Patricia Bracewell has made an exciting debut in the world of historical fiction. Her debut novel "Shadow on the Crown" is the first book in a trilogy about Emma of Normandy in 11th century England.
Growing up in Los Angeles, California, Bracewell majored in English Literature in college and then went to graduate school. She worked as a high school English teacher. Bracewell is married with two adult sons and resides in Oakland, California. She enjoys music, tennis, gardening, and the theater.
What was your inspiration in writing "Shadow on the Crown"?
Bracewell: My inspiration was Emma of Normandy herself. I was on the lookout for a historical figure who would make a good leading character in a novel. When I read about Emma I was immediately intrigued by the difficulties she must have faced in wedding an older English king. The more I learned about her, the more convinced I was that she would make a marvelous heroine.
There are two strong and complex women in your novel: Emma, the Queen of England and Elgiva, her rival. How would you describe each woman?
Bracewell: Emma and Elgiva are polar opposites in everything from looks to personality to motives. Emma is tall and blonde while Elgiva is short and dark. Emma is generous and compassionate while Elgiva is selfish and self-centered. Emma is motivated by duty, Elgiva by a desire to manipulate those around her. They are both courageous though, and both shaped by family relationships and the world in which they live.
How would you describe the relationship between King Æthelred and Emma?
Bracewell: English society in 11th century England was patriarchal, and the king was the epitome of male authority. In the novel, Emma knows that, and she knows that as a bride who is not only foreign but very young, she is at a great disadvantage in the power struggles of the court. In spite of that, she tries again and again to do her duty as wife, queen and peaceweaver, but Æthelred shuts her out right from the start. They are never equals; he always has more power and because of the demons that drive him he sometimes uses it with brute force. Emma’s expectation that her husband will be, at the very least, just and merciful, puts her at a disadvantage as well, because Æthelred is neither.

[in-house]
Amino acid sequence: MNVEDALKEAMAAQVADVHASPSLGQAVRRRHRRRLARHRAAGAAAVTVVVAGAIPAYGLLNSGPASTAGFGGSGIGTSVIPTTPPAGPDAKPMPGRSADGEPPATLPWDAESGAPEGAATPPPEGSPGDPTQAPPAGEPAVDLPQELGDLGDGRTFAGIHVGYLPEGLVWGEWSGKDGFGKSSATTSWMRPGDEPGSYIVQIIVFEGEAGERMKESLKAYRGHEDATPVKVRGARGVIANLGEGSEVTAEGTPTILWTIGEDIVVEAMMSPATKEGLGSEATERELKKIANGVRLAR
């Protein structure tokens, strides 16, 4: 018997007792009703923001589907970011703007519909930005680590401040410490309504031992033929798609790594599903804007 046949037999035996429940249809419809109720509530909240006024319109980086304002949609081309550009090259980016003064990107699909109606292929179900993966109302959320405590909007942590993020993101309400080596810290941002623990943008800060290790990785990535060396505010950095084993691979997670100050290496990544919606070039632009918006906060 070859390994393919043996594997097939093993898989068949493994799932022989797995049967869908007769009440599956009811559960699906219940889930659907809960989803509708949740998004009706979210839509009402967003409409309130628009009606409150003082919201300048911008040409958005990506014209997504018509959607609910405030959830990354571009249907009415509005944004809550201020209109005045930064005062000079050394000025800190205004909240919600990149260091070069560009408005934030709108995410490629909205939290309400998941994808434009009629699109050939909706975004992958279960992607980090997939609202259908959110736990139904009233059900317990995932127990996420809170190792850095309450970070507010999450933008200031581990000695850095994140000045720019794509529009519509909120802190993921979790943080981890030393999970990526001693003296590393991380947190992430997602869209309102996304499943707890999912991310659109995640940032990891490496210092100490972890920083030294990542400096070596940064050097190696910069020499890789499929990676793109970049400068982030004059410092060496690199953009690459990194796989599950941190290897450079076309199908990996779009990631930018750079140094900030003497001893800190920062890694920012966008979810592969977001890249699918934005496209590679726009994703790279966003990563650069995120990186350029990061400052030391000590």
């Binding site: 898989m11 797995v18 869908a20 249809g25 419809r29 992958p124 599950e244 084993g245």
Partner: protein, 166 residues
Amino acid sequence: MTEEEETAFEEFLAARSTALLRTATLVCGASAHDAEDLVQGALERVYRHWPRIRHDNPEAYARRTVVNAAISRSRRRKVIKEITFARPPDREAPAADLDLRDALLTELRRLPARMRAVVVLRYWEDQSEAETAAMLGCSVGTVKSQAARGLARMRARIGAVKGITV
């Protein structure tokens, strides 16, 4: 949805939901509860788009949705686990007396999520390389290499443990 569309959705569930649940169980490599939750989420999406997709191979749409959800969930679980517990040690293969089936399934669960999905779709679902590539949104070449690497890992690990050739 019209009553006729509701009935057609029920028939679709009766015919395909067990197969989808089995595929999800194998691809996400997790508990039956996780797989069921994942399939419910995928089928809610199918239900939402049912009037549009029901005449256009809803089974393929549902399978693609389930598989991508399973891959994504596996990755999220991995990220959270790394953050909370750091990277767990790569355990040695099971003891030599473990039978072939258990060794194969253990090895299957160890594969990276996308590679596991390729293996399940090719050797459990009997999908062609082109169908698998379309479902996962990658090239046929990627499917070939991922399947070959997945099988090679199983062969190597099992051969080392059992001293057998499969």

How much research went into writing "Shadow on the Crown"?
Bracewell: I knew very little about this period of history when I began this project, so I put in years of research before I even wrote a single sentence. I studied the general history of the period first, then I researched the families of both Emma and Æthelred, and then I focused on the major characters themselves. Beyond that, there was a great deal of historical detail to uncover – for example, the architecture, religion, roads, methods of travel and communication. How were the chambers illuminated? What furniture did they have? Did you know that tents were such valuable items that they were bequeathed in Anglo-Saxon wills? That’s how detailed the research became!
Can you tell readers about your upcoming projects?
Bracewell: I’m currently writing towards the end of the second book in the Emma trilogy. The four viewpoint characters will return, but I think readers – even those familiar with the history of that time – will be surprised at some of the twists the story has taken in the telling. Even I was surprised!
Where have you traveled for inspiration for your work?
Bracewell: My first research trip was to Normandy – to Rouen and Fecamp, the places that Emma would have known as a child. I went as well to Winchester, Canterbury, and to all the towns mentioned in Shadow when Emma made her sojourn to Exeter. I also spent two weeks in Cambridge where I took a course on Anglo-Saxon history, and that was a remarkable and fruitful experience.
What other areas of history are you interested in?
Bracewell: I’d like to learn more about the High Middle Ages in England. That’s a period of history that is relatively unfamiliar to me: the early Norman and Plantagenet kings are intriguing, and the recent discovery of the grave of Richard III has everybody excited.
What other historical fiction authors do you admire or enjoy? What authors from the past and present do you enjoy or have inspired you?
Bracewell: The list of historical fiction authors whose work I admire is a long one. Bernard Cornwell, Elizabeth Chadwick, Diana Gabaldon, Lindsey Davis, Sarah Dunant, Connie Wills and Robert Low come immediately to mind. There are many more. Wonderful writers who have inspired me include as well Dorothy Dunnett, J.R.R. Tolkien, Rosemary Sutcliffe, and, more recently, Iain Pears and George R.R. Martin. They are all amazing storytellers!
Lastly, if you were casting a movie of "Shadow on the Crown", what actors or actresses would you put in the main roles?
Bracewell: To begin with, thank you for giving me the opportunity to stare at dozens of on-line photos of Sean Bean! I would cast him for the role of Æthelred. For Elgiva I would cast Jessica Findlay, who played Sybil in "Downton Abbey". For Athelstan I would go with Eddie Redmayne who impressed me so much as Jack in "Pillars of the Earth". Finally, to play the part of Emma I would give the nod to Mia Wasikowska, who appeared as Alice in Tim Burton’s "Alice in Wonderland". When do we start filming?
*A huge thanks to Patricia Bracewell for this great interview*
For more information on Patricia Bracewell: http://www.patriciabracewell.com/